14. 14. When should we go for vocabularyproduction?<br />When…<br />You want to evaluate a person’s ability to formulate a correct answer. <br />You have more time to score the items<br />You want to test a persons ability to apply concepts and information to a new situation. <br />You have a clear idea of the aspects and concepts that should be tested. <br />
  15. 15. Test Formats<br />
  16. 16. Multiple Choice<br />The flight attendant asked the passengers to ______ attention to the safety demonstration.<br />a. give b. devote c. pay d. lend <br />They can be tricky or too picky   <br />Difficult to test attitudes towards learning <br />Knowledge is limited to options provided <br />Difficult to construct at higher levels <br />Encourages guessing (25% chance) <br />More than one option may be possible<br />All options must be grammatically possible<br />
  17. 17. Matching Word-Definition<br />Tangle means… <br />A type of dance<br />A tropical forest<br />A confused mass<br />A kind of fruit <br />They are not communicative   <br />Difficult to test attitudes towards learning <br />Words have diverse connotations<br />Encourages guessing (25% chance) <br />One word class at a time<br />
  18. 18. Single Selection<br /> Someone was (playing/singing) the tune and for a moment you were happy to go (along/away) with what seemed a reasonable idea.<br />They are authentic and communicative<br />Words are part of a broader context   <br />Knowledge is limited to options provided <br />Encourages guessing (50%)<br />Difficult to design but easy to mark<br />
  19. 19. Correction/Editing<br />Maria bought a skarf for the winter<br />Tests recognition of mistakes<br />Is focused on word spelling only<br />Mistakes are ungrammatical<br />Negative backwash <br />Context is important but not essential<br />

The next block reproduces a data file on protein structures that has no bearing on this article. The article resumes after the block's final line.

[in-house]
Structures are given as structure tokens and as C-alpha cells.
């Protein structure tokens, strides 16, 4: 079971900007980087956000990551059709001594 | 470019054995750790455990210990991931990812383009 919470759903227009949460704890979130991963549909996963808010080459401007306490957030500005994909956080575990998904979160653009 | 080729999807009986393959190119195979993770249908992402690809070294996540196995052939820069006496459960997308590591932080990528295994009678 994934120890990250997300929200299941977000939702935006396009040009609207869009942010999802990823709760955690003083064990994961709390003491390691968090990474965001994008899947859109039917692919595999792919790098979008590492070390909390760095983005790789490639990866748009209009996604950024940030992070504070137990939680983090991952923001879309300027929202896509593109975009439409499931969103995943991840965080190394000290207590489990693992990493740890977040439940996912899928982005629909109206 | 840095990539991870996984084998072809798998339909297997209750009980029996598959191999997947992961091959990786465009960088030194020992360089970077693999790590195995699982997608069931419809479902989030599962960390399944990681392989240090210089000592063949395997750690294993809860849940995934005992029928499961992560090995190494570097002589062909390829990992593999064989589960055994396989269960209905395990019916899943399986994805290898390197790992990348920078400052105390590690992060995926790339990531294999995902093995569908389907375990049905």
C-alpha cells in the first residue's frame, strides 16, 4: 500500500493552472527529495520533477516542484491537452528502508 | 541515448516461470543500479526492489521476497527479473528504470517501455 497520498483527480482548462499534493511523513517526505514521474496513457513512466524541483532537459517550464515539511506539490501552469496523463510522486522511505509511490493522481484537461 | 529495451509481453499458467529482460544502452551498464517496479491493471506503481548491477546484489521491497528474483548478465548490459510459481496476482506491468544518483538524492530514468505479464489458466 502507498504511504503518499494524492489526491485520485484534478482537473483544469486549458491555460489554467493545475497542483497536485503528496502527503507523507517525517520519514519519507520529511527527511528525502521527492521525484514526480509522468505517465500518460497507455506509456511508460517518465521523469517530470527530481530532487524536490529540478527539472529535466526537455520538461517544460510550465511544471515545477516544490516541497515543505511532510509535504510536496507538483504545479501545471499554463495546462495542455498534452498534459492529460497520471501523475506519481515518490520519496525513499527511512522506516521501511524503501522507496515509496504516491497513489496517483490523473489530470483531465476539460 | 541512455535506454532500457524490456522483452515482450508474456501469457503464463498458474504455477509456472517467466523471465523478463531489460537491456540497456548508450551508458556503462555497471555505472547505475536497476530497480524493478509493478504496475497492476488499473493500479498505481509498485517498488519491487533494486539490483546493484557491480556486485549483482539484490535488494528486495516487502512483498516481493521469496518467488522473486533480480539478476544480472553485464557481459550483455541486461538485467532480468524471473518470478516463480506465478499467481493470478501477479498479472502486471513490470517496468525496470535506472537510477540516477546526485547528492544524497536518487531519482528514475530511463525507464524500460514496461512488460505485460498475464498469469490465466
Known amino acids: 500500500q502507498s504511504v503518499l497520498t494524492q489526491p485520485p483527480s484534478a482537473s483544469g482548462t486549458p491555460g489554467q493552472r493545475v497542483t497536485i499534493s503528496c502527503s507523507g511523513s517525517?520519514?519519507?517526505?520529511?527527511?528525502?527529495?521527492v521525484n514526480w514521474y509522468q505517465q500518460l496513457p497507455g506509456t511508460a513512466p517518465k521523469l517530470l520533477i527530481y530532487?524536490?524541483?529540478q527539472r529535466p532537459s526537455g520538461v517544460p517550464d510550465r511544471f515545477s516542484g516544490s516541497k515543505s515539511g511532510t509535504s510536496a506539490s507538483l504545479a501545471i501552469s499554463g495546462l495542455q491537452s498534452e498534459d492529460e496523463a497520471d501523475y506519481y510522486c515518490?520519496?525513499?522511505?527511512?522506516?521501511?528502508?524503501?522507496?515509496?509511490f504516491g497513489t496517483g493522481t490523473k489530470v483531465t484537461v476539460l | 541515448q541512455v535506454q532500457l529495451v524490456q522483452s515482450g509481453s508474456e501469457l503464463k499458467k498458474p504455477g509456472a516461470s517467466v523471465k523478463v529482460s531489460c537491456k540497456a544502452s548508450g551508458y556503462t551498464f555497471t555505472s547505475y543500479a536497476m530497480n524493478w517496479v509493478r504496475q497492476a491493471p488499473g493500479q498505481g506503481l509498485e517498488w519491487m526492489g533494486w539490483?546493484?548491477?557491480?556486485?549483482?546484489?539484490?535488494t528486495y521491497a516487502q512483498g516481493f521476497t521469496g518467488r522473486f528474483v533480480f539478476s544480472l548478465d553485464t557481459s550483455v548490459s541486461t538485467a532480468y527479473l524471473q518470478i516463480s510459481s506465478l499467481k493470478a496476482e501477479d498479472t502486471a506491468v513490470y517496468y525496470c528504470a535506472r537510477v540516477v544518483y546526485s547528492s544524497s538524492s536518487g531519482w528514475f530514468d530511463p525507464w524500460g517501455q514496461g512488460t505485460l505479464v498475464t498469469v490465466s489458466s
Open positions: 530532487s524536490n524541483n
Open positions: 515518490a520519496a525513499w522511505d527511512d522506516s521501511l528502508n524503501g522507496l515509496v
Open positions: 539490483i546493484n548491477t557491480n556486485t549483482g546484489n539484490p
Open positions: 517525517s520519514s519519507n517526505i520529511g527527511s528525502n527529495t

20. 20. Guessing Meaning from Context<br /> Unlike the guitar, the fiddle has four strings on a fingerboard without frets.<br />Tests contextualized knowledge<br />Context is crucial<br />Communicative and authentic<br />Positive backwash <br />Difficult for some students (bias)<br />Tests various types of word relationships<br />
  21. 21. Gap-Filling<br /> The flight attendant asked the passengers to ______ attention to the safety demonstration.<br />They must have a broader context   <br />More than one option may be possible (unless tester provides limited options or first letter)<br />Tests can focus on content words<br />Production is tested unless options are provided <br />Focus should be on the aspect assessed<br />
  22. 22. Cloze<br />John ______ works ______Monday ______Friday<br />Tests student’s understanding of the whole language   <br />Many word types can be tested<br />Understanding of context is crucial<br />Difficult to test attitudes towards learning <br />Some words may be impossible to guess <br />Can test student’s IQ rather than language proficiency<br />Difficult for some students (bias)<br />
  23. 23. Table Completion<br />Complete the table with positive, negative and neutral adjectives<br />Tests language structure<br />Tests word-building   <br />Many word types can be tested<br />Not communicative at all<br />Tests use but not language usage<br />Difficult to test attitudes towards learning <br />
  24. 24. Word Transformation<br />Turn verbs into nouns:<br />The opera was conducted by the (compose)____<br />Not very communicative (without context)<br />Clues will limit the answers<br />Difficult to test attitudes towards learning<br />Some context may be added <br />Instructions are essential<br />Few aspects might be assessed (word classes, synonyms, antonyms…)<br />
  25. 25. Five characteristics to measure communicativevocabulary<br />The test must provide more context than only a single sentence.<br />The items must assess lexis within a limited number of semantic fields.<br />The test taker should understand what the communicative purpose of the task is.<br />He or she should also know who the intended audience is.<br />He or she must have to focus on meaning and not form to answer correctly.<br />Recognize is not sufficient. The test taker must be able “to produce grammatical responses.”<br />(R. Dickins)<br />
  26. 26. Evidence shows that semantically related items are 'stored together'. Items are arranged in a series of associative networks, a large 'master file', and a variety of 'peripheral access files' which contain information about spelling, phonology, syntax and meaning. <br />Knowing a word, then, is the sum total of all these connections — semantic, syntactic, phonological, orthographic, morphological, cognitive, cultural and autobiographical. It is unlikely, therefore, that any two speakers will 'know' a word in exactly the same way.<br />In Conclusion<br />